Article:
Telecare and telehealth services use technology to help you live more independently at home. They include personal alarms and health-monitoring devices. These services are especially helpful for people with long-term conditions, as they can give you and your relatives peace of mind that you're safe in your own home.
People usually contact a tele-care service after a problem has arisen with someone they care for. This doesn't necessarily mean that the person needs help with caring for themselves it can often just be a friendly call to check on them during the day to ensure that they have come to no harm.
These support services are a very useful way of ensuring that someone is safe during the day when their carer or family cannot be there - perhaps due to work commitments.They can also help a person remain in their own home for longer, avoiding a hospital stay or putting off moving into a residential care home.
A telephone care service provides peace of mind to all and helps:
- Service recipients to remain independent within their own homes
- Care service providers, local authorities and health services to deliver personal care at home in an effective and economical way
- Family members and care providers are able to confidently balance the delivery of care support at home and everyday life.
So what types of service are available?
Different alarm systems are available for your home, some of which can let a family member, friend, neighbour, nurse or warden (if you're in sheltered housing) know by phone when there's something wrong. These include:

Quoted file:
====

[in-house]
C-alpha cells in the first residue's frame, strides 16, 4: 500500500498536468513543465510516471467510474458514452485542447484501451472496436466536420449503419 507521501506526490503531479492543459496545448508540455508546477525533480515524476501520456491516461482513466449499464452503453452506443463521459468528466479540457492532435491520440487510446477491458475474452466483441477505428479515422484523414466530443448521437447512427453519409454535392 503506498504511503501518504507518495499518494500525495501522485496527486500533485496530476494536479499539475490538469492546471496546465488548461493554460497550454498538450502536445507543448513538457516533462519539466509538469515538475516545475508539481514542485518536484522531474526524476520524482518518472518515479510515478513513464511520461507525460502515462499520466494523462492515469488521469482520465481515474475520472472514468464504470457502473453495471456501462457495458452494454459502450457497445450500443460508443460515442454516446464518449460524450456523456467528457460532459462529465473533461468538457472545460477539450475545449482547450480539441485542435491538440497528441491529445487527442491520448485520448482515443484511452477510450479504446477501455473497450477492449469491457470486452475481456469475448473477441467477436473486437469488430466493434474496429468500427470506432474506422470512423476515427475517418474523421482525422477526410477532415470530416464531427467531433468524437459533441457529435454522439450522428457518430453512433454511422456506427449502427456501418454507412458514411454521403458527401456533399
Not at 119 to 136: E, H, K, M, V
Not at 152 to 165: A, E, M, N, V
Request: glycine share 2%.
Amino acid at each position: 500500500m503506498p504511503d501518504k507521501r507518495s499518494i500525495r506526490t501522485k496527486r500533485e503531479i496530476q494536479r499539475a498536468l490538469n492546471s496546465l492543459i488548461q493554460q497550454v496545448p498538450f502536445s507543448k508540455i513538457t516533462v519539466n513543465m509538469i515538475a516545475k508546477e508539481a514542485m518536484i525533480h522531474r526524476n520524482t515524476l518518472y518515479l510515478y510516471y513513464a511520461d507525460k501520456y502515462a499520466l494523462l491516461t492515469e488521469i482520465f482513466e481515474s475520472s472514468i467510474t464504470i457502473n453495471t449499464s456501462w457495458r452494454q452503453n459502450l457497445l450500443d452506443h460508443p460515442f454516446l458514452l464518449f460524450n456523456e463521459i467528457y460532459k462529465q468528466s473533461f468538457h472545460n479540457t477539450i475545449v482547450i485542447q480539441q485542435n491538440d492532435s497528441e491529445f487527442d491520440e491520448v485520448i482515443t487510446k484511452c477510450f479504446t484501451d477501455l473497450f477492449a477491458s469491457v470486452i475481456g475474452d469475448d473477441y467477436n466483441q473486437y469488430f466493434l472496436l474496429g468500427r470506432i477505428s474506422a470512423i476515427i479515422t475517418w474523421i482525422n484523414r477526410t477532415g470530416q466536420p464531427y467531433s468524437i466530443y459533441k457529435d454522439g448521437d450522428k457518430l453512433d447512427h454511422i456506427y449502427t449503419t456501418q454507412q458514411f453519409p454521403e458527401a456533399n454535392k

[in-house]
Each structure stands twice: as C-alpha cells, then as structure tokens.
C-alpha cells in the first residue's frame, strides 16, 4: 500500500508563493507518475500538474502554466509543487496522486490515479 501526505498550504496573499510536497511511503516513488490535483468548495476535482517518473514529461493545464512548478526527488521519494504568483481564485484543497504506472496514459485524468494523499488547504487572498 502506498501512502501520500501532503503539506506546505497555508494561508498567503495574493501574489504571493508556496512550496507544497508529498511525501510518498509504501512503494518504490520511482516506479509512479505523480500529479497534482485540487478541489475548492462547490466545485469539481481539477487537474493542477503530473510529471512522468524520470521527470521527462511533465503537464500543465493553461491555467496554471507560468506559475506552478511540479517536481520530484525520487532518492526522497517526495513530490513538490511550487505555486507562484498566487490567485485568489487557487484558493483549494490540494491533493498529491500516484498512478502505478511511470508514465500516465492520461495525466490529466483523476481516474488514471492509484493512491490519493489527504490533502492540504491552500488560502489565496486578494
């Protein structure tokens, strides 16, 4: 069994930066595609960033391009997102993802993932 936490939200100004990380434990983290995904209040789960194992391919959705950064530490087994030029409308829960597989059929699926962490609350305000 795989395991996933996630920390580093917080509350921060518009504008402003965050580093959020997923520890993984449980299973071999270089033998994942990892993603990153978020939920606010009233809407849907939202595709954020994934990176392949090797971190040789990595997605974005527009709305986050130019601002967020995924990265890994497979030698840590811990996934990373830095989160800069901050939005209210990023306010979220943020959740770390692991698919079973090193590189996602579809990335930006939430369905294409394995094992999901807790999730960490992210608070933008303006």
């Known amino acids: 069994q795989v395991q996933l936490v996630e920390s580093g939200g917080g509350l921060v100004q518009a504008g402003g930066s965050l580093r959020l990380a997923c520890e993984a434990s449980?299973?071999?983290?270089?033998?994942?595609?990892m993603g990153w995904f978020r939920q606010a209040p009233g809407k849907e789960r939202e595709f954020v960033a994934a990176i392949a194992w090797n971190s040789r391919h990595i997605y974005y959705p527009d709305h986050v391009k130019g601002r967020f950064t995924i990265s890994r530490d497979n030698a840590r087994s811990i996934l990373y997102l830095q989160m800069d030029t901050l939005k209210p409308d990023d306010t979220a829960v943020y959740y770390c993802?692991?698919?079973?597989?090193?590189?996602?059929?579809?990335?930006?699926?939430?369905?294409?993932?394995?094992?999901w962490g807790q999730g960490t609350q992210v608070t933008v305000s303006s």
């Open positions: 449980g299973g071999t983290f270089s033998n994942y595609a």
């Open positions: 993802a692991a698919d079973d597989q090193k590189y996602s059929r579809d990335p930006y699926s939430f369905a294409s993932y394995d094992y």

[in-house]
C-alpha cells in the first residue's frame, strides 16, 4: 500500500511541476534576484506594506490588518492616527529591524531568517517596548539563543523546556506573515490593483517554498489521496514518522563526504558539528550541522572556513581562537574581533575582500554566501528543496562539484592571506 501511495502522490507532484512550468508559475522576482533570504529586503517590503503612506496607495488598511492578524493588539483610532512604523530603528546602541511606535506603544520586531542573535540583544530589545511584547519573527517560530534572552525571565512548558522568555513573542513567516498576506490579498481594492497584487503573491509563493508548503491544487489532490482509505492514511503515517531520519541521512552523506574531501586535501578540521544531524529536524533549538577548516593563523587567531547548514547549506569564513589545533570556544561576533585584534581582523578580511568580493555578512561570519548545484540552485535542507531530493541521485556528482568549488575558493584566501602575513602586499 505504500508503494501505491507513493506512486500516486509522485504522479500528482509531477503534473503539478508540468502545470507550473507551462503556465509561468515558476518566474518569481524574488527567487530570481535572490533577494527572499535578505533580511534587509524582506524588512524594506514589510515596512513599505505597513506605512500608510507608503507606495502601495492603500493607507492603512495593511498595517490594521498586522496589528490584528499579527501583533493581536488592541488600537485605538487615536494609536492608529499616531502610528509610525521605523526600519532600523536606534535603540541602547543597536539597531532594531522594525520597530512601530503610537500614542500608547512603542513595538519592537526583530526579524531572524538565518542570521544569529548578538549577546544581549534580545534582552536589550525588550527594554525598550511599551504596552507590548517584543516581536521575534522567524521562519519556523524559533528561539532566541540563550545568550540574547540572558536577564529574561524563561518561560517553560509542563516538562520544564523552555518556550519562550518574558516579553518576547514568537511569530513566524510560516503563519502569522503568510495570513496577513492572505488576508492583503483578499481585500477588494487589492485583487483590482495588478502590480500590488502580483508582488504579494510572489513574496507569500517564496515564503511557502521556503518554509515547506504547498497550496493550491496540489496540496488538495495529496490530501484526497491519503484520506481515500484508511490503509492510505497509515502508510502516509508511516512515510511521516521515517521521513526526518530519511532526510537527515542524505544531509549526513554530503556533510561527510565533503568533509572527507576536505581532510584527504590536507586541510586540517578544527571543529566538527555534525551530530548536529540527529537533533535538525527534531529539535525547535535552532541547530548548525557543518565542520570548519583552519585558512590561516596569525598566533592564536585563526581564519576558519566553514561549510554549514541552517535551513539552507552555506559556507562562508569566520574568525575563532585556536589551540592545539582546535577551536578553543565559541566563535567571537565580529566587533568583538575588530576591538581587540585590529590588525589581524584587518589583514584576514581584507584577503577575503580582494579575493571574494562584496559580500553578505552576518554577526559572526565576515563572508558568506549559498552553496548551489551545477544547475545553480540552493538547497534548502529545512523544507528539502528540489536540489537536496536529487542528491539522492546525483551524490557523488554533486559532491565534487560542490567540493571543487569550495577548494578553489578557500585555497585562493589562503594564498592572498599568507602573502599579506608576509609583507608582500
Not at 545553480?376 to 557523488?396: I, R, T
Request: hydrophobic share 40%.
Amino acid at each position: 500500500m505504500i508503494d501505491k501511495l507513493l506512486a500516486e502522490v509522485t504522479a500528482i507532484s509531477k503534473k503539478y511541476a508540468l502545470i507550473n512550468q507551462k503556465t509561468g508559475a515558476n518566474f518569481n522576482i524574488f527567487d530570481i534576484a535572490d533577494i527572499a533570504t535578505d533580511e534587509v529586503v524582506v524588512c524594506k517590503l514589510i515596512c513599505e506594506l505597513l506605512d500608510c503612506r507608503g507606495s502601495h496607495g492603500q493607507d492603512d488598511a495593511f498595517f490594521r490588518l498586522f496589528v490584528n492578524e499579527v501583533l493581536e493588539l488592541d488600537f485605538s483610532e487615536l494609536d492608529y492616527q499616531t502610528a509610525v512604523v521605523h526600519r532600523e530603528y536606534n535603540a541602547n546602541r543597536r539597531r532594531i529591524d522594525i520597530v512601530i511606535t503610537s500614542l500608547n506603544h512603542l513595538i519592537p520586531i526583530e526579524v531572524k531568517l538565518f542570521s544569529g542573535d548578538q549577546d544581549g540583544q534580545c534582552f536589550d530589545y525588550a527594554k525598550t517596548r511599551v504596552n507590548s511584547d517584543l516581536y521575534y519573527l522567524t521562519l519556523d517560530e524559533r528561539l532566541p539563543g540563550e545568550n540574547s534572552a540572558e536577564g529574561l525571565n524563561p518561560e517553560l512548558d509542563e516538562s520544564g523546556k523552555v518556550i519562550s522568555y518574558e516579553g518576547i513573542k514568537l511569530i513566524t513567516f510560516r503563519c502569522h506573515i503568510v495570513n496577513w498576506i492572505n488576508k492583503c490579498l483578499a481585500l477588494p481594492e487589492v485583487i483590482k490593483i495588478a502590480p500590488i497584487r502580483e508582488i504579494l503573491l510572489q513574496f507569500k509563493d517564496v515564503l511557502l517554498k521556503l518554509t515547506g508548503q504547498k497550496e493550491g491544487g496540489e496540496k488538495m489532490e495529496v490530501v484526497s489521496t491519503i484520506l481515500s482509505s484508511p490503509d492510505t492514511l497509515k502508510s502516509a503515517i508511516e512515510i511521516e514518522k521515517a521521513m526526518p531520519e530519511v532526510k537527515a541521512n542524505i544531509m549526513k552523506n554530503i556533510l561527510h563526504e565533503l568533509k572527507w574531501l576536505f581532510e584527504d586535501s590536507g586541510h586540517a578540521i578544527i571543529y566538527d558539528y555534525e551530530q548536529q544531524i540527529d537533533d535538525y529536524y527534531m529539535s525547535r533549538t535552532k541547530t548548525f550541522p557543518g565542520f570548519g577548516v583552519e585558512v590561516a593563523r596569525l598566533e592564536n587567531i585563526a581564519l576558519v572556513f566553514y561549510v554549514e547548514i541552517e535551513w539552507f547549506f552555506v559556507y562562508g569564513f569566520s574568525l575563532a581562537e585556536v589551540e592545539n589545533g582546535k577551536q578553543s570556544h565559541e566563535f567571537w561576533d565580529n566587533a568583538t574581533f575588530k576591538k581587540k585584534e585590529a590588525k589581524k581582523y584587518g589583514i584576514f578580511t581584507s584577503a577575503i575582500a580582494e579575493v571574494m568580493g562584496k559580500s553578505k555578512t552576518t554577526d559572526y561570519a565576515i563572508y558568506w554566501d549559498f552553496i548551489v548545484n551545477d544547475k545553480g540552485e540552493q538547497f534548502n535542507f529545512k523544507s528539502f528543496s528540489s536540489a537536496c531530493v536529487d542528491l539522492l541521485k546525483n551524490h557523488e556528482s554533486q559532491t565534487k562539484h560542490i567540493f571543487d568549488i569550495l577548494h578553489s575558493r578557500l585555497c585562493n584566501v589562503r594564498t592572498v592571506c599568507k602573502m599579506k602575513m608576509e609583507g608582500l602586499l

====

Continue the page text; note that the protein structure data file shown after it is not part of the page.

- A personal alarm, where you raise the alert by pressing a button that you keep on you at all times. Usually it's on a small wristband or a pendant that you wear around your neck.
- Motion sensors, which make accidents and falls less likely by automatically switching on your bathroom or hallway lights at night when you get out of bed.
Other sensors can raise the alarm that something is wrong, such as a pressure mat on your mattress that can tell if you've not made it back into bed, or a sensor on a door that senses if it's open or closed. Then, if you have a fall, or you haven't got back into bed after going to the toilet in the night, or you've forgotten to close the outside door, the sensor raises the alarm.
There’s also special telehealth equipment to monitor your health in your own home. It can be equipment to measure your blood pressure, blood glucose levels or your weight. This can reduce the number of visits you make to your GP and unplanned visits to the hospital. You’re taught how to do the tests on yourself and the measurements are automatically transmitted to your doctor or nurse, who can then see the information without you having to leave home. They can let you know if they have any concerns.
Where to get telecare and telehealth services
Telecare and telehealth are new and may not yet be available on the NHS in your area. Ask your GP, social worker, primary care trust (PCT) or local authority for more information. You can also buy some of these telecare and telehealth products and services privately. You can also find out a lot more about Telecare and alarms by following this link to the NHS website.